Friday, March 18, 2005

Should Government Do Propaganda/Education? (revised)

When David Bernstein, libertarian, on the Volokh Conspiracy and Richard Cohen, liberal, on the Washington Post agree, thoughtful people have to pay attention:

Bernstein opines :

"equally troubling in a somewhat different way are p.r. campaigns by government agencies that seek to build support for those agencies' 'missions.' Subsidizing, say, a pro-drug war point of view through a government p.r. campaign (hardly a partisan issue, as the overwhelming majority of both Republican and Democratic politicians favor it) is the economic equivalent of taxing the anti-drug war point of view. Americans wouldn't tolerate the latter, and we shouldn't tolerate the government using our tax money to encourage us to give it even more of our money (and freedom), meanwhile drowning out other voices with a tidal wave of statist shilling. I'm not even fond of the idea of the government using its money to, say, discourage drug use, as this is still an untoward interference in the marketplace of ideas, subject to all sorts of abuse (such as the 'food pyramid' dictated for years by agricultural interest groups). But it strikes me that that sort of government noodging is a less dangerous animal than the government using money allocated to implement programs to propagandize in favor of those programs."
Cohen says:
"Take, for instance, the government's smarmy practice of preparing video news releases and packaging them as actual television news. The New York Times recently detailed how government agencies prepare admiring reports on what they are doing and then send them off to local TV stations, which use them, sometimes pretending the reports are their own. Only a fool would expect the TV industry -- especially local TV news -- to grow up and embrace professional standards, but the government is a different story. It's ours. We fund it. It should not be using our money to propagandize us. "
My comments:
  • If the purpose of government is to solve problems (per Pres. Bush), sometimes the solution is government education. USDA was formed to help farmers farm better, a mission which evolved into the Cooperative Extension Service. During the Dust Bowl days, the old Soil Conservation Service (now Natural Resources Conservation Service) was created to educate farmers in conservation. Closer to home, VDOT (Virginia Department of Transportation) is running ads urging sanity in driving.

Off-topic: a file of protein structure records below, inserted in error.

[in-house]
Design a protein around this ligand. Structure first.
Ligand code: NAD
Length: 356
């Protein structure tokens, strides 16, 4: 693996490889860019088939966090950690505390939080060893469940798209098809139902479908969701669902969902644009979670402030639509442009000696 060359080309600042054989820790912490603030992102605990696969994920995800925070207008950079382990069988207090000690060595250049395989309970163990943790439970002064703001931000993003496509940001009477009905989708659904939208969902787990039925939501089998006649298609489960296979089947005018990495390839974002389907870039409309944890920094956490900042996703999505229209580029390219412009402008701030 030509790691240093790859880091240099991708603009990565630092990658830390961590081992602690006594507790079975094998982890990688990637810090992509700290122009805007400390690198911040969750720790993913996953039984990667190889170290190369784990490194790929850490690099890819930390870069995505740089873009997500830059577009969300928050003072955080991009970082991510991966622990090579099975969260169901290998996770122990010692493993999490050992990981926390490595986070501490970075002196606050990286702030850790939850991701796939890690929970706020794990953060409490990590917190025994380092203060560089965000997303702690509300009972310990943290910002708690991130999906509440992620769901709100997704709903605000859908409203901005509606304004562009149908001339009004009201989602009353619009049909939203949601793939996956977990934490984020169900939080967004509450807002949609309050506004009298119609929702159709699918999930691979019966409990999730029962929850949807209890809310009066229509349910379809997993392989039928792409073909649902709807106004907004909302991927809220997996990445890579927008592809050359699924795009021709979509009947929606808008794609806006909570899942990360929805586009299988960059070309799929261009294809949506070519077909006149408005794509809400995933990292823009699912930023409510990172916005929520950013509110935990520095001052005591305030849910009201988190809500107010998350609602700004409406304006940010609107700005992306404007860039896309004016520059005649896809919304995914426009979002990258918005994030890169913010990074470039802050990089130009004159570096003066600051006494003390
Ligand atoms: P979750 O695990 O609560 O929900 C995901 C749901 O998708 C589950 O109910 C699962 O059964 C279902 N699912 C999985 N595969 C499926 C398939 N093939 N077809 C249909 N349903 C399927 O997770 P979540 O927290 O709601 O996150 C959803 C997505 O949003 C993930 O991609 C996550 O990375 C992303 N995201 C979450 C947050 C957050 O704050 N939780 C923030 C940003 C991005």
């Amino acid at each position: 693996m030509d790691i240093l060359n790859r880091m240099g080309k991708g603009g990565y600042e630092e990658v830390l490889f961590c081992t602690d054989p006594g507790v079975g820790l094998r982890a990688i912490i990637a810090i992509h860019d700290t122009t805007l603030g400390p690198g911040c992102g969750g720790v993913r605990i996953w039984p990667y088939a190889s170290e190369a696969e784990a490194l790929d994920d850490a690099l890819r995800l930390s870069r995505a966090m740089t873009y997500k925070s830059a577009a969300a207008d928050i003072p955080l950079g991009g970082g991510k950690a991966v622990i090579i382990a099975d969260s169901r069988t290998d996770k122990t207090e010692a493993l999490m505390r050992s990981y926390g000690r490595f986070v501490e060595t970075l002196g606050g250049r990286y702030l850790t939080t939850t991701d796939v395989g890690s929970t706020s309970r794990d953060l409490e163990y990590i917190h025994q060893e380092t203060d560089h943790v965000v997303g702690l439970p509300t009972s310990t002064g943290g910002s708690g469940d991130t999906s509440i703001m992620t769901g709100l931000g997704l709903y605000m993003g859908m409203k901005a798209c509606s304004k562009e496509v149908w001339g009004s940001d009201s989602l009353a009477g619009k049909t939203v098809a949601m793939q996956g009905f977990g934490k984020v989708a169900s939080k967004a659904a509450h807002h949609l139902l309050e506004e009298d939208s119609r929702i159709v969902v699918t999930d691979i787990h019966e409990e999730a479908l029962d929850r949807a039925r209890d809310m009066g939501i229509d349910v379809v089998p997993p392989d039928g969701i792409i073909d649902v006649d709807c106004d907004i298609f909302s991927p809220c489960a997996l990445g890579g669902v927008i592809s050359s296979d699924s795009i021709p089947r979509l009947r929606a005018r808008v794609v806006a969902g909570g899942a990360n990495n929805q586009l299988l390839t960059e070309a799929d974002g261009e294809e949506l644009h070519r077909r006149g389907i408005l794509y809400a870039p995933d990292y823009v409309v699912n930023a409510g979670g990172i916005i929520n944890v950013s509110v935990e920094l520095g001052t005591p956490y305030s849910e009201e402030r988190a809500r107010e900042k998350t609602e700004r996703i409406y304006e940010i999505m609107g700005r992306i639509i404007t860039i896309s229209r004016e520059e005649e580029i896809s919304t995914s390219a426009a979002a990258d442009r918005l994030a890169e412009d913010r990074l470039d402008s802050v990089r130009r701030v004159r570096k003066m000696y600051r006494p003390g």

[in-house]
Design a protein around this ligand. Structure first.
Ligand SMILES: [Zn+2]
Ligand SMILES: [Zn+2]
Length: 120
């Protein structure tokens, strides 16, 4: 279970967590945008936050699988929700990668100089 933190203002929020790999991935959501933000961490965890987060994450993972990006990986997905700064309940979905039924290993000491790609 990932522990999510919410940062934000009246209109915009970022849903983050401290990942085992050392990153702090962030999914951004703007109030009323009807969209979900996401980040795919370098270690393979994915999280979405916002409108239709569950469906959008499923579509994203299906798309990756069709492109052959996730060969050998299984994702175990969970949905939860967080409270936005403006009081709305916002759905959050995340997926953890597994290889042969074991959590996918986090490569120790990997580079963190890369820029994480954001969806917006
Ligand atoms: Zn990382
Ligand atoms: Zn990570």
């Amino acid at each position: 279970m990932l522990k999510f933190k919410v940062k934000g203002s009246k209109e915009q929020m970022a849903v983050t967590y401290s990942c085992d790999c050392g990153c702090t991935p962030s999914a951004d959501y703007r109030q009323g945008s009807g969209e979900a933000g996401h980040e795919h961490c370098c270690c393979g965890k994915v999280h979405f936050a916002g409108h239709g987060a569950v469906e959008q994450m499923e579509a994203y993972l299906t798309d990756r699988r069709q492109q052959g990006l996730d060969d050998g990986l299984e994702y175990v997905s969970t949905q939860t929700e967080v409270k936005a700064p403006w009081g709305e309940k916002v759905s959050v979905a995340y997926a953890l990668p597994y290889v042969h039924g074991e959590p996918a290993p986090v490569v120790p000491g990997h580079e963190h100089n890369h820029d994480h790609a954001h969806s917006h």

• Many programs can be implemented only if the public is educated--for example if Bush's personal accounts ever get enacted, there will be a vast education effort.
  • Can one draw the line between "propaganda" which is wrong and "education", between building support for the mission and fulfilling the mission? Bernstein's comments on anti-drug ads and the nutrition pyramid show it's more difficult than one might imagine. One man's propaganda is another's education.
  • Advertising like the US Army's "Be all that you can be" has the effect of promoting the Army, while disregarding the feelings of the pacifists among us (not that many people care about the Amish and the Quakers). Not to mention that it grates on the nerves of at least one former draftee.
  • We, the American people, don't know what we want. When Rep. Waxman asked GAO to look at the conflicting laws, it said that the Office of National Drug Control Policy didn't violate the law by preparing video news releases, it violated the law because the identification of the source was only on the case, not within the body of the release. OMB and the Justice Department seem to say ONDCP was okay.
Lost in much of the controversy is the press release. Press releases, both corporate and government, have always been written so a lazy reporter/editor could set the content in type and go. (I've a vague memory of some memoir or novel about the Army where the protagonist spent his time filling out blank releases saying "Pvt. Joe Blow, of Podunk, successfully completed basic training at the U.S.Army's Fort Dix. He is now a trained killer...." Anyone remember it?) There's little difference between a printed release and a video release. GAO says a statement at the end of the release is sufficient to make it legal, but that's very easily edited out.

I agree with GAO that the identification should be in the video, but this is a tempest in a teapod. The real fault lies with the news media. The government may have entrapped them into bad journalism, but I've no pity.

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